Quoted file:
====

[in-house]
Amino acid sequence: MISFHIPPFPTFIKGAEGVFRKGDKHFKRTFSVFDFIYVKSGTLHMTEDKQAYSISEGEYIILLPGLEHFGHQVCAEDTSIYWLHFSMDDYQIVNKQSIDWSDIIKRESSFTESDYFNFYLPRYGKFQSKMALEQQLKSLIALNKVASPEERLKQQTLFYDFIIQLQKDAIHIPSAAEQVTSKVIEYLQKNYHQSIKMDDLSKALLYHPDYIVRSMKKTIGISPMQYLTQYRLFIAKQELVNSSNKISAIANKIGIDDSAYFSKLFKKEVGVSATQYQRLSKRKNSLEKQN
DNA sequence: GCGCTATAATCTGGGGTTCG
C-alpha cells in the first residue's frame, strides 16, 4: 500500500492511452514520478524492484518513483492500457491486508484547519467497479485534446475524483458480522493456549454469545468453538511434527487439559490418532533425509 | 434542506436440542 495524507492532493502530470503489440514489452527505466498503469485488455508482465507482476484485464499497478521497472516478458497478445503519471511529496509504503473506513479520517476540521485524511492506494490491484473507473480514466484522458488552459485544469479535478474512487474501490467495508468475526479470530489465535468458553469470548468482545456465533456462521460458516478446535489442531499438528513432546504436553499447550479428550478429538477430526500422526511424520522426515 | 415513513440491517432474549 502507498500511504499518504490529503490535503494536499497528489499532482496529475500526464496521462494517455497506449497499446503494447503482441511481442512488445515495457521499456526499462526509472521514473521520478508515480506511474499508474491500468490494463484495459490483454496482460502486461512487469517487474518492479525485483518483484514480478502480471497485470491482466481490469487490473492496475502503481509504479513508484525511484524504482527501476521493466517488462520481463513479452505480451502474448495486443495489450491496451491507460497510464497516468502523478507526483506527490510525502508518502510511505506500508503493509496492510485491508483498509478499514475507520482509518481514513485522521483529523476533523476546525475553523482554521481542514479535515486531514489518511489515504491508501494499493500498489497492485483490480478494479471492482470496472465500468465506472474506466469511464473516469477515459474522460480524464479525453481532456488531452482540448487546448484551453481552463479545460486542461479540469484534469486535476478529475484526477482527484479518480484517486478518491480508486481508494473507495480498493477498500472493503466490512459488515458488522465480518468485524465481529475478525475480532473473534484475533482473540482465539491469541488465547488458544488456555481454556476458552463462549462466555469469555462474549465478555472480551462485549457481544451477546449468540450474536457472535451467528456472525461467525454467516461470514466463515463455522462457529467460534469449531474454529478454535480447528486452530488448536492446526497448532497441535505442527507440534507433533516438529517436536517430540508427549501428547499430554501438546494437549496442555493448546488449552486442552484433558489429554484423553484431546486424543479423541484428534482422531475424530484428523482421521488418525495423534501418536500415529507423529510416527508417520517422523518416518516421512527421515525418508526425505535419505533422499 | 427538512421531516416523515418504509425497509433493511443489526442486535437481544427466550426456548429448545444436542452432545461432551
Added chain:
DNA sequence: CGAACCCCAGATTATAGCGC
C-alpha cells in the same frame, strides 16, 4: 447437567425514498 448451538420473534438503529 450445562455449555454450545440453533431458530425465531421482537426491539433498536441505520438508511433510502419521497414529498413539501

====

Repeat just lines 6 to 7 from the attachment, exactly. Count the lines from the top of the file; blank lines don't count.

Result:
DNA sequence: CGAACCCCAGATTATAGCGC
C-alpha cells in the same frame, strides 16, 4: 447437567425514498 448451538420473534438503529 450445562455449555454450545440453533431458530425465531421482537426491539433498536441505520438508511433510502419521497414529498413539501